I have said umpteen times that I think the net contribution of the U.S. Department of Education to American collegiate life is negative —-the average productivity of employees of that Department dealing with higher education issues is less than zero. The problem, however, is far less with the employees, many of whom are good people, than with the mission. In early 2017, newly elected president Donald Trump had an awful time even getting his Education Secretary nominee, Betsy DeVos, confirmed by the Senate: the vote was 50 to 50 (two Republican Senators voted against her) —- with Vice President Mike Pence breaking the tie to confirm her, a first time in American history a vice president actually voted on a presidential nominee in the Senate.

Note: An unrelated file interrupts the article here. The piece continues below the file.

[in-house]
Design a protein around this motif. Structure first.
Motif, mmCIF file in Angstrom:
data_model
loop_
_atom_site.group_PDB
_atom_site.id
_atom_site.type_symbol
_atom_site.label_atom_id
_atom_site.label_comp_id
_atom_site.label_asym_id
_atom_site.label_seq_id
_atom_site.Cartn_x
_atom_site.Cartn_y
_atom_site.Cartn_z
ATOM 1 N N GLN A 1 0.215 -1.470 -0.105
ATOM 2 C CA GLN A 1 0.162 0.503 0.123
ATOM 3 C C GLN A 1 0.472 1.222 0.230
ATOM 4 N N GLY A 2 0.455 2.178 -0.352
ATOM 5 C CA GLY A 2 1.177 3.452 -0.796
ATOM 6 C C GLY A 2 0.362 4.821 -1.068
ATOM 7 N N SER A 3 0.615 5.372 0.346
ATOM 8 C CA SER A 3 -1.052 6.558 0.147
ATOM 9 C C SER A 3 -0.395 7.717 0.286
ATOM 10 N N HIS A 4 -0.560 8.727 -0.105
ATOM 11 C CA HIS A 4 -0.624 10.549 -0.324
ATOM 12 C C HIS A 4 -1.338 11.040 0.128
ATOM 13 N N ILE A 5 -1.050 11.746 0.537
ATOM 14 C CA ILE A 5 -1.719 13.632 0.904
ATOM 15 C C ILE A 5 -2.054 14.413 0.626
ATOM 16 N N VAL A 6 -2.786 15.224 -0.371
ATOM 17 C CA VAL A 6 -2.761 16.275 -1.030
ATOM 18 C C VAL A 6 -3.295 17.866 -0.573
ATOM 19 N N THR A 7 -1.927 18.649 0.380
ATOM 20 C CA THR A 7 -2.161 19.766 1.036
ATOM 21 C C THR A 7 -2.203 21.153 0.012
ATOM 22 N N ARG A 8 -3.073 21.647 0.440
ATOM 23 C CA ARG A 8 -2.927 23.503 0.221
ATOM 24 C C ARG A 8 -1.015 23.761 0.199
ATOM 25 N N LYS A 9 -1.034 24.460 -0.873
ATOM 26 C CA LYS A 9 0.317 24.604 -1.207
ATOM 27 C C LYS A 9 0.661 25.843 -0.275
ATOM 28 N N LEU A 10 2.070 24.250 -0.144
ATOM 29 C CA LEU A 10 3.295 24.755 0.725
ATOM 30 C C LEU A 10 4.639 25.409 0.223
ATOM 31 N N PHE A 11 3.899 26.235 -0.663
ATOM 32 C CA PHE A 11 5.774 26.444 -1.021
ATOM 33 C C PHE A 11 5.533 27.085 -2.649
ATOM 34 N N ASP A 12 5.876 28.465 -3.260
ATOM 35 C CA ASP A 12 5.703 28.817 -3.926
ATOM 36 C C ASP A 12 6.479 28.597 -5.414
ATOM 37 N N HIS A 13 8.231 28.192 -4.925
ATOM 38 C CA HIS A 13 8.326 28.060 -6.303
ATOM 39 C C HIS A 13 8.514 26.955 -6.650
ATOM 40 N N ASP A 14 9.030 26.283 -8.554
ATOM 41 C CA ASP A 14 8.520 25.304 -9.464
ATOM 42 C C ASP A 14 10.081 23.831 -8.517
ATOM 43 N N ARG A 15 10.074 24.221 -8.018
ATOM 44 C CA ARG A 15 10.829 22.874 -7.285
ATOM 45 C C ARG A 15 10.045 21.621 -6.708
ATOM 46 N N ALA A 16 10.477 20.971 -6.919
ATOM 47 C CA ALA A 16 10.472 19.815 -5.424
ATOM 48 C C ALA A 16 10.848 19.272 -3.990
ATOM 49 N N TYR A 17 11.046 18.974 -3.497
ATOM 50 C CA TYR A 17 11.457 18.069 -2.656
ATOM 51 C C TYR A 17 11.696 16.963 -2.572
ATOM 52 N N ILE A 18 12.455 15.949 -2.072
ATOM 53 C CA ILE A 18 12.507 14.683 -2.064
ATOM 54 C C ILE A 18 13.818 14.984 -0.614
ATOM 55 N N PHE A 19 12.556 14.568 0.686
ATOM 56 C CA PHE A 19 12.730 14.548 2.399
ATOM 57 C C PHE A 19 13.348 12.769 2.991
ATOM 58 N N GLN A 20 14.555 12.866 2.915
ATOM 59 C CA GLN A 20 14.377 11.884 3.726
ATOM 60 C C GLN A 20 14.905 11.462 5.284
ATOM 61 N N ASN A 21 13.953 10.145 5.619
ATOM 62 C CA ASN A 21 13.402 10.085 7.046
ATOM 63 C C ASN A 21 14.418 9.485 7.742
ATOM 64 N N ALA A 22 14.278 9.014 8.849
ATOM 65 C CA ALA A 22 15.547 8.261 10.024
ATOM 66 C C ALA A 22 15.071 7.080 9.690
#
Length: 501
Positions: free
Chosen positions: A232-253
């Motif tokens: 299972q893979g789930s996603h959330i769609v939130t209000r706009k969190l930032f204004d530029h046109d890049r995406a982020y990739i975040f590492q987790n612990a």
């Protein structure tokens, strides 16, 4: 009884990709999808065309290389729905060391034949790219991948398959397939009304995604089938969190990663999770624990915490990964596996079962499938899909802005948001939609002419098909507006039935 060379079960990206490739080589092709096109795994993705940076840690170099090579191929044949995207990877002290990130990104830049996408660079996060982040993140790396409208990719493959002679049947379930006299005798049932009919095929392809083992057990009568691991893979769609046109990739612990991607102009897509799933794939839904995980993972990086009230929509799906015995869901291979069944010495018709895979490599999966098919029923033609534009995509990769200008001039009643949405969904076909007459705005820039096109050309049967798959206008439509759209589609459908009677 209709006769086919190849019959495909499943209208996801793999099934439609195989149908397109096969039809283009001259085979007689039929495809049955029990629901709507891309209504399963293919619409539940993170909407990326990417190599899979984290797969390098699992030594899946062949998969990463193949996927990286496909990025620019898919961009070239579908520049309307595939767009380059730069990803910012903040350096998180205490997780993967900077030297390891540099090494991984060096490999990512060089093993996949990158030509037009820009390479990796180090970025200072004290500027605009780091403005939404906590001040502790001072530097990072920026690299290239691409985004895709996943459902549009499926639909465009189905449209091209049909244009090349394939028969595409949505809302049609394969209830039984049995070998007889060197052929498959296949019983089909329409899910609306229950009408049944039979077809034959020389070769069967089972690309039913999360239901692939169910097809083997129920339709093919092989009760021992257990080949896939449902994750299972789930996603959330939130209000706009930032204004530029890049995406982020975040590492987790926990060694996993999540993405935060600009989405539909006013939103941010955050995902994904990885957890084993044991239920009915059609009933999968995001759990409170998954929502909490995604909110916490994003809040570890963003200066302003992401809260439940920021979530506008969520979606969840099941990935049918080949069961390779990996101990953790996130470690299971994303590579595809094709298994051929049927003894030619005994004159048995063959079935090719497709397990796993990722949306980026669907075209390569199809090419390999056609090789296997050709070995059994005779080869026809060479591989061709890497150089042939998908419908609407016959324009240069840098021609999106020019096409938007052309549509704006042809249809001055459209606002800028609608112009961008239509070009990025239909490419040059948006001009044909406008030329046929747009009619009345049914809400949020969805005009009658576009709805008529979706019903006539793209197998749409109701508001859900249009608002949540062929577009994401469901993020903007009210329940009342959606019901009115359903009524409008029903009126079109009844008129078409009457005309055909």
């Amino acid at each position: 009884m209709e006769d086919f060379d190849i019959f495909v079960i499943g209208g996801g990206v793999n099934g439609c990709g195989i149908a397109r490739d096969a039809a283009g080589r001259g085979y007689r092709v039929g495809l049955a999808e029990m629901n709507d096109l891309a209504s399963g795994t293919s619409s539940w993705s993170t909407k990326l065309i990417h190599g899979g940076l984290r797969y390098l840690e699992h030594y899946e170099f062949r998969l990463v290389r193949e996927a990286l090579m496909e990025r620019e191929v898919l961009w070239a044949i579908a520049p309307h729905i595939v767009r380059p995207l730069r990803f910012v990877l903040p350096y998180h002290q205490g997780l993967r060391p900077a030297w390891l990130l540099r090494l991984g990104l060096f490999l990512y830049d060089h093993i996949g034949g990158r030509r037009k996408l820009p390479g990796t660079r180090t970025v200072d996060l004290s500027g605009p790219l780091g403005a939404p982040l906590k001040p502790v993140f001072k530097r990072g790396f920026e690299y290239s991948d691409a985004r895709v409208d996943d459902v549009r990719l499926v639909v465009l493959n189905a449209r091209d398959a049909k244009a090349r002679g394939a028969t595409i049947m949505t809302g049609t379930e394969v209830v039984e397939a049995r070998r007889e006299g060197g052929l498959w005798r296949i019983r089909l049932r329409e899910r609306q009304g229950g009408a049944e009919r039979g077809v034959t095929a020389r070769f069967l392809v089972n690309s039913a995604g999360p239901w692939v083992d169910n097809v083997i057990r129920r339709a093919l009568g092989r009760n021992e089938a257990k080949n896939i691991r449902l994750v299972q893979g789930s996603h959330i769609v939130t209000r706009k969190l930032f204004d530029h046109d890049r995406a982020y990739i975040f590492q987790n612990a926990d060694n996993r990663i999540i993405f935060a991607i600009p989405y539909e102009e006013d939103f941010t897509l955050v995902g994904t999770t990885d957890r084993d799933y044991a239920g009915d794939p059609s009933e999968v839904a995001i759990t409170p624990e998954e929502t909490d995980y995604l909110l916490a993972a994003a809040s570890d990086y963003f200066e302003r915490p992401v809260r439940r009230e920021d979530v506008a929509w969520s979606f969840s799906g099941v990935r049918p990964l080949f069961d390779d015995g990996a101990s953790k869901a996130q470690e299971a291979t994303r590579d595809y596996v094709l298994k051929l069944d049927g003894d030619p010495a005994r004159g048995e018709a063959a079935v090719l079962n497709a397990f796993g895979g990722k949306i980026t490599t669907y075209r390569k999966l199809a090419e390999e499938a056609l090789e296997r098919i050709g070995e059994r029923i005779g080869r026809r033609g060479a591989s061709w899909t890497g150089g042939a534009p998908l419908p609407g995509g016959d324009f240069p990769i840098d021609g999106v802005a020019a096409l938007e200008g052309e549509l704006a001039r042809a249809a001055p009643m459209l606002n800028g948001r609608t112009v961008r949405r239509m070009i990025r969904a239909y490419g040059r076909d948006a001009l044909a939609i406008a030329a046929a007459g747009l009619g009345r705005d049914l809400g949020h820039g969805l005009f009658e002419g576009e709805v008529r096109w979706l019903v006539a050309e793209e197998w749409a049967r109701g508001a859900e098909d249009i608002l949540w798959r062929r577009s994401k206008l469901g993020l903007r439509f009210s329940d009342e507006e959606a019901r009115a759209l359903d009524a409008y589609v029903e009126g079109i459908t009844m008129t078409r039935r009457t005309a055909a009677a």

On taking office, DeVos was already known as a strong advocate of charter schools and other deviations from the standard public school model, earning her the undying enmity of teachers unions. But she was not known for having any substantial connections to higher education, actually fairly typical, including President-Elect Biden’s nominee for Education Secretary, Miguel Cardona. However, she had a strong higher education aide in Diane Auer Jones, Principal Deputy Under Secretary, herself no shrinking violet with a somewhat controversial history, including years working in the for-profit higher education sector, which to some education policymakers is less honorable than, say, running a strip club or illicitly selling pot, an unfair perspective on the many good folks in that sector of higher education.